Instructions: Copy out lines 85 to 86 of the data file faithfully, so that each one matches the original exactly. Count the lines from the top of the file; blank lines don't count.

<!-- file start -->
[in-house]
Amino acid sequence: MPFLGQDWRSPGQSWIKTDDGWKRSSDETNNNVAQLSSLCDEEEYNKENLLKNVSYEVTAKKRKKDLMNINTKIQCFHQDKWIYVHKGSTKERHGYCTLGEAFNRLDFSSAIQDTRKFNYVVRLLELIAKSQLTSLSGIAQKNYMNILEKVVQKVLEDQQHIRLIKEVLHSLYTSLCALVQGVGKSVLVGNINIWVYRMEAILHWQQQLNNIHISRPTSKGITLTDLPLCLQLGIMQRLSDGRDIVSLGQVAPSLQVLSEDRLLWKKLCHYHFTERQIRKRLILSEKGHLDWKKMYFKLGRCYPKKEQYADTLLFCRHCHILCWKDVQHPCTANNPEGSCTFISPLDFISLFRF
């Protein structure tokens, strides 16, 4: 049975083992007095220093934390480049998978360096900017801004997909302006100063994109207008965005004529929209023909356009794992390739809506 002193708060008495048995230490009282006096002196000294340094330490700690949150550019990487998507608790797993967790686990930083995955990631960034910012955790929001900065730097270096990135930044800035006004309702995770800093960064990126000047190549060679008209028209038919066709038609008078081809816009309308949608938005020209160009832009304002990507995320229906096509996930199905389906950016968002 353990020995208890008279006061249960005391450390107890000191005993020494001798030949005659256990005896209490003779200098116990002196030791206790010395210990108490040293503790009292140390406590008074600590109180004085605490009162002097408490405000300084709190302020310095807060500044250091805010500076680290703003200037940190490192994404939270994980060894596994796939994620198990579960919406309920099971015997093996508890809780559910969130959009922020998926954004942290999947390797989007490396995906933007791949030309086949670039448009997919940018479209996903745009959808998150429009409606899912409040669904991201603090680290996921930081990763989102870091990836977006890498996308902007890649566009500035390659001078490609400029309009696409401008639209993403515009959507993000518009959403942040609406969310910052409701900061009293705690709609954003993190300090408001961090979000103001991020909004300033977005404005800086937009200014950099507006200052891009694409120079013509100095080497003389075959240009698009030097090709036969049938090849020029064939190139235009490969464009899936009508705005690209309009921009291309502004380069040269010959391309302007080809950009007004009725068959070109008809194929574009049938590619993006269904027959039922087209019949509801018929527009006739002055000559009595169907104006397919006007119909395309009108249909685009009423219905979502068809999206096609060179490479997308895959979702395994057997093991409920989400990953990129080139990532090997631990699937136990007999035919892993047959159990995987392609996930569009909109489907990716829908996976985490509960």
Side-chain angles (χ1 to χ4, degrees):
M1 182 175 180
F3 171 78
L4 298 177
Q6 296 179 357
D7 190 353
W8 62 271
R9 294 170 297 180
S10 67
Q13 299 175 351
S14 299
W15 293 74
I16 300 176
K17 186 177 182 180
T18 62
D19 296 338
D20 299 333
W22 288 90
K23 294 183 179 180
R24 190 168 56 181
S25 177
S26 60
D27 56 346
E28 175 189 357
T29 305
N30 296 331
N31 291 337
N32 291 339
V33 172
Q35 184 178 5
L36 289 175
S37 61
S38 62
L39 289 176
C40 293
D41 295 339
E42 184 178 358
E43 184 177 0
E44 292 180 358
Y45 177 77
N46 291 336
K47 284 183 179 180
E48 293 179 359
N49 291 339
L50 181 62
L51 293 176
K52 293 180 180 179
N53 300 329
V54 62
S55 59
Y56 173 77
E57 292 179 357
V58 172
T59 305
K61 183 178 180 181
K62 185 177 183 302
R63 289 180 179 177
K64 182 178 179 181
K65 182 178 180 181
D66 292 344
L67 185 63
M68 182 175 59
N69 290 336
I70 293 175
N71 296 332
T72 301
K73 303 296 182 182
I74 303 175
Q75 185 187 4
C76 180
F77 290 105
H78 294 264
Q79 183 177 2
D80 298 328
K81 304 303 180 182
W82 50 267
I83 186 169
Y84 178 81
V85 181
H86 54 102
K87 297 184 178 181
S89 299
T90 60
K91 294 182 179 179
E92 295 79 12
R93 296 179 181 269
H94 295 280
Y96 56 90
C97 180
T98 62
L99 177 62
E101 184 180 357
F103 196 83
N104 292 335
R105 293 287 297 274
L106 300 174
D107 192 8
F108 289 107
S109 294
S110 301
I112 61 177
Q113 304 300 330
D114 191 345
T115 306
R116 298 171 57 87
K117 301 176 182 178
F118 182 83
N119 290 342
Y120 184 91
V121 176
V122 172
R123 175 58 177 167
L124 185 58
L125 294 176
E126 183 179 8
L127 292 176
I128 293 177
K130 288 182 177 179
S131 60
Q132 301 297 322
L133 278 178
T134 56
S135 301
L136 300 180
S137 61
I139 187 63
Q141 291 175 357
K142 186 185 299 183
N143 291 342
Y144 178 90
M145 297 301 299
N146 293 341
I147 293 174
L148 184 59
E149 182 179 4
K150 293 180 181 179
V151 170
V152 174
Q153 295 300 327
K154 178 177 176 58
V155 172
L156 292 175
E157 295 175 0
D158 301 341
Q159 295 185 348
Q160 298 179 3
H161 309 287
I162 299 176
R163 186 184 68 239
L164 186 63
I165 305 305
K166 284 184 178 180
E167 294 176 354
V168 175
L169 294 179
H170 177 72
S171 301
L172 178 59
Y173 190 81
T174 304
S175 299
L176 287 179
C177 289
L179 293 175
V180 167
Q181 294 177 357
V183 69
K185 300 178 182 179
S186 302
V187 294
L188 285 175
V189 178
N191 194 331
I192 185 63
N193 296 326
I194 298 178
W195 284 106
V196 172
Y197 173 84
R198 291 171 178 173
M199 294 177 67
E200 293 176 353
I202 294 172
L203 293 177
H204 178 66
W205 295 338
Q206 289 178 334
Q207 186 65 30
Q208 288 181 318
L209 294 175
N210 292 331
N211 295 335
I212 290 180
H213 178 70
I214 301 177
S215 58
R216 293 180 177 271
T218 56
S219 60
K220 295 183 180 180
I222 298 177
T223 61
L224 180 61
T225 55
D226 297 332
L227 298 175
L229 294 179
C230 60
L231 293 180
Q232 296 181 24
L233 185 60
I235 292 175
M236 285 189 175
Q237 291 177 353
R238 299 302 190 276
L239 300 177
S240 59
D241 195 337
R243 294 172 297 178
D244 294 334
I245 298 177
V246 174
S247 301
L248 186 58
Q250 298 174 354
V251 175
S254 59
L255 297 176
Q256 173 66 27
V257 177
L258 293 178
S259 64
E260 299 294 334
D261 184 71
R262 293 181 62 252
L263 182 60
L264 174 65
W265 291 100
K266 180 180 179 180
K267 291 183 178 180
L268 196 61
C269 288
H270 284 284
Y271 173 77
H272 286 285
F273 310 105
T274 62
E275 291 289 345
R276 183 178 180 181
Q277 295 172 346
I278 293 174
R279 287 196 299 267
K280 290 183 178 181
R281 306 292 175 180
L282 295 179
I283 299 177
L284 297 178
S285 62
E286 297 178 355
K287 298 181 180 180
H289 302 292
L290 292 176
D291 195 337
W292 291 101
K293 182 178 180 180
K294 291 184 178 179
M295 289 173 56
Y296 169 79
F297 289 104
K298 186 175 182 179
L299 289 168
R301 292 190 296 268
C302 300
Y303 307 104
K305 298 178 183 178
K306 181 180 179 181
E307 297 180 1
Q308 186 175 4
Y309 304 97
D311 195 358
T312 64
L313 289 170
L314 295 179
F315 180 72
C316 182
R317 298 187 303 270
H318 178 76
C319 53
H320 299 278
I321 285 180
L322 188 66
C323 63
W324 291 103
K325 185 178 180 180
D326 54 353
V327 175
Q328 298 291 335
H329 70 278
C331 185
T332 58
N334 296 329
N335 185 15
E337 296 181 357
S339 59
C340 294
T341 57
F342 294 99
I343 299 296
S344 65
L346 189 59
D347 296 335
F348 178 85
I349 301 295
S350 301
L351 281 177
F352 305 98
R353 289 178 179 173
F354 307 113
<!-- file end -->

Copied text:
S89 299
T90 60